Bervie (1860)

We have a most blessed work going on in the Mearns here. It is just Ireland set down at our own door. Conversions counted by tens and twenties at Laurencekirk, Fordoun, Mary-kirk, and now I hear of it going on to Bervie. Meetings at Laurencekirk nightly, many souls in deep distress under con­viction of sin, and many already enjoying peace. It first began in its public manifestation at some of the open-air services of our dear brother Johnston. Souls struck down by the arrow of conviction, and the wounded healed by the balm of Gilead. —Extract from a Letter. From Volume i, The Revival Newspaper p60

That young woman's face was beaming with such joy as I never in all my life saw. We all sat and listened to her in deep astonishment. So full was she of the Spirit that, for about two weeks, she could not stay in her house. She went through the village telling everyone she met or saw to come to Jesus' and get the happiness she felt. Many thought her mad, but she said, I didn't care, so great was my love for souls.' Her sister was then brought under the Holy Spirit's influence, and when I saw her she was very happy, but there was in her case nothing of the great joy felt by her sister. Her husband was also stricken, and was in a sad state for some days. An extraordinary outpouring of the Holy Spirit has just taken place and is still being experienced, at Bervie, a small but "royal" borough on the sea-coast between Aberdeen and Montrose. Like many other places which God in his sovereignty has been pleased of late to make the special theatres of his wonder-working grace, Bervie has long been remarkable for spiritual coldness and deadness. Its inhabitants are principally weavers and fishermen; many, especially among the former, being avowed infidels. It was not till about the second week of September that the general and striking awakening seems to have manifested itself at Bervie, of which I now proceed to give you an account from a private letter recently received from a lady now on a visit at the Free Church Manse:—

During the absence of your brother at Aberdeen (for eight or ten days)," she writes, "conversions took place among some of the most indifferent characters. Prayer-meetings have been held every evening for some weeks past, and inquirers spoken with at their conclusion. Many stay, some of whom are under deep concern about their souls. An interesting young woman,.. a servant here, had lately been giving dissatisfaction, on account of being longer than she ought to have been in returning ¬when sent out on errands. The reason of this however, have just discovered. The poor girl was under deep conviction of sin and was mourning and trying to get comfort. So when she went out, she often stayed to speak to others who she thought might be useful to her. But at last she has found peace, and is now very earnest in trying to bring young com¬panions to the Saviour, and many have come and, I am per¬suaded, will come to Jesus in this place.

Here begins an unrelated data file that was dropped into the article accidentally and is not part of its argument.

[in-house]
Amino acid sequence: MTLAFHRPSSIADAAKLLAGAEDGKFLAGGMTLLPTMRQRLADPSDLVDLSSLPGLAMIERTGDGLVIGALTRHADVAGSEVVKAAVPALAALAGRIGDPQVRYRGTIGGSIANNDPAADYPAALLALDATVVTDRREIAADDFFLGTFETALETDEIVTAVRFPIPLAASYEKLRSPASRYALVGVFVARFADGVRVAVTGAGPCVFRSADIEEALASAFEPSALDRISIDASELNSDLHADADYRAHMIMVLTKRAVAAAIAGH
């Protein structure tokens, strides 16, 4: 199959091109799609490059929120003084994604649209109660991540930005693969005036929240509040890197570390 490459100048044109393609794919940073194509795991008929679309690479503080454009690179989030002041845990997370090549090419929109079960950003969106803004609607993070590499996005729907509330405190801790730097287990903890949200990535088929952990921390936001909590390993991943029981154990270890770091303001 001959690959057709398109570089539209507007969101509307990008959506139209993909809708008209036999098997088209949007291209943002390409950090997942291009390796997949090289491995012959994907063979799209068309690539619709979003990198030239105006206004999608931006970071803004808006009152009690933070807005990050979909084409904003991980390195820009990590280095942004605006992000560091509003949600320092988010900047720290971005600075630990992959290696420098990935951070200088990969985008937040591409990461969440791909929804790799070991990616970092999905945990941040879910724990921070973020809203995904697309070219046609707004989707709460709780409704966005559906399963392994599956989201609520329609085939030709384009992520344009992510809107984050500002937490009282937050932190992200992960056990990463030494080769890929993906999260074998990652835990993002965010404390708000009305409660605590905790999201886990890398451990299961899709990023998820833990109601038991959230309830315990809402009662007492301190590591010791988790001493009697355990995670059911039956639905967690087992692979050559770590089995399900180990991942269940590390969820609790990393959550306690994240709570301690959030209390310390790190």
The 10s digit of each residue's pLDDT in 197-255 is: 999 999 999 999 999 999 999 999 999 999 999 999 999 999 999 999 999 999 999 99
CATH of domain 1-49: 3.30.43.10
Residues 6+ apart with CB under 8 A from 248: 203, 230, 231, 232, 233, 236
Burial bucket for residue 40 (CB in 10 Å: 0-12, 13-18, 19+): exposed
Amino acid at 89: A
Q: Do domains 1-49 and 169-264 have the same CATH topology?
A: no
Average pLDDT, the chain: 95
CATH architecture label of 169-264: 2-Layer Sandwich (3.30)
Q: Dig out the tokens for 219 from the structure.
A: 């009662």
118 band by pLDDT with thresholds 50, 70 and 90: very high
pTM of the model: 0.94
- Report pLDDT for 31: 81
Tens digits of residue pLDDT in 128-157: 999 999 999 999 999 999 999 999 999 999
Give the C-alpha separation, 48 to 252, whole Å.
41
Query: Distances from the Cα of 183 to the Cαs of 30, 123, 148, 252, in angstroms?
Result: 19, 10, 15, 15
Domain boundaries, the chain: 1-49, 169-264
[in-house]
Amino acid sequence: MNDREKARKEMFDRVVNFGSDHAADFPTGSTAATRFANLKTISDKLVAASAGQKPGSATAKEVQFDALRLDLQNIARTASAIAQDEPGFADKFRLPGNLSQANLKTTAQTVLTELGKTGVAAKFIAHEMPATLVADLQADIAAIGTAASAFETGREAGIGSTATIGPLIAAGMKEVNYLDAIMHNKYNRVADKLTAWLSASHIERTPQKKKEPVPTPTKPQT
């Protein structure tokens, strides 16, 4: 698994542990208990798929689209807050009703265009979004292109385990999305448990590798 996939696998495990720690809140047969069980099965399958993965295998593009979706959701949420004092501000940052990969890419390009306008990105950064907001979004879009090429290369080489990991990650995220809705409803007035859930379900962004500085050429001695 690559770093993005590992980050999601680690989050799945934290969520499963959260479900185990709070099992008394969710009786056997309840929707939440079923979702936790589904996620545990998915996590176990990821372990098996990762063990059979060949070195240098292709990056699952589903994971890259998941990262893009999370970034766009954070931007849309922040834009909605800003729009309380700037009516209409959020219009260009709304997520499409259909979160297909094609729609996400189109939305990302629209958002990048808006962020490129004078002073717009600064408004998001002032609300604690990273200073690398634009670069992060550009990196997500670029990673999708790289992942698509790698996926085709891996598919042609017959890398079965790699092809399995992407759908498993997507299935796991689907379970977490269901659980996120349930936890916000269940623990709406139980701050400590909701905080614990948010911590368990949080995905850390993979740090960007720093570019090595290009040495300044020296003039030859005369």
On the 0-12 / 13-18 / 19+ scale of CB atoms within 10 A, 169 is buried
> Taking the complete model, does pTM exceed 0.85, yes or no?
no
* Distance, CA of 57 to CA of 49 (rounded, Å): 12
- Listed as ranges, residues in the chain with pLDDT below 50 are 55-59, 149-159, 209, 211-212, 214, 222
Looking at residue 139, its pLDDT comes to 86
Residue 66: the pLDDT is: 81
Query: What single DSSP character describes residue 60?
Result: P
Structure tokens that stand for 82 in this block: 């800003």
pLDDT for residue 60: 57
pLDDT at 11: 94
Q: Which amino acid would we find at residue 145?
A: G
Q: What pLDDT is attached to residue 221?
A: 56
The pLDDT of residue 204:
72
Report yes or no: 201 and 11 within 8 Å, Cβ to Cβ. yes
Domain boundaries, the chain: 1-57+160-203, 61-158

"I was walking one day when I was here before (some few months ago) along the shore, when I saw a woman whom I thought I would join and speak to about her soul. I found that she was a regular attendant at the Baptist chapel. I had a good deal of religious conversation with her. On my calling on Mr D. the other day (the pastor of the Baptist church), I found that this woman had been stricken down lately at a prayer-meeting, and was for some time after so physically prostrated as to require medical attendance. After a while, however, she found peace in believing in Jesus, and rejoiced with great joy, telling everyone how sure she now was of salvation. I lost no time, on hearing this, in going to see her. It was growing dark when I called at her cottage; but as soon as she heard my voice, she flew out, threw her arms around me, and embracing me, pulled me in and began to tell me how clearly she now saw all that I had said to her; and that she was rejoicing in salva¬tion through Christ alone. She had been a professor for many years, but seems never to have been really converted till lately. Much of her experience, which she told me, was very edifying and remarkable, but too long for me to write. She was going on Monday to start for Australia, with her husband and children, willing to live or die, now that Christ was hers. On Sabbath evening both parlours at the Manse were crammed almost to suffocation, with persons all seeking advice about their souls, along with some Christian people who came for the purpose of united prayer. Some prayed and sang in our room, while Mr C. (the Coast Missionary) spoke to inquirers in the other: they stayed till about ten o'clock at night. One poor woman I felt much for. She said, she felt her heart so hard and dark, and, though earnestly seeking, could get no comfort. After she had gone, I ran down the town to tell her a text that occurred to me, that I thought would suit her case, and might be blessed to her. She was pleased to receive me into her little room. I left her, and she continued to pray over the word until near one o'clock in the morning, when Rom. viii. 1 came with power to her heart and gave her peace which she has enjoyed ever since. United prayer-meetings are being held every day alternately, in the Free church and the Baptist chapel."

Further accounts of this movement at Bervie, I may perhaps, be able to forward next week. Meanwhile, I remain yours faithfully in the Lord. G SMALL.

From Volume i, The Revival Newspaper, p91

Additional Information

The meetings took place in the Free Church which is approximately where marked. I do not think it is there anymore.

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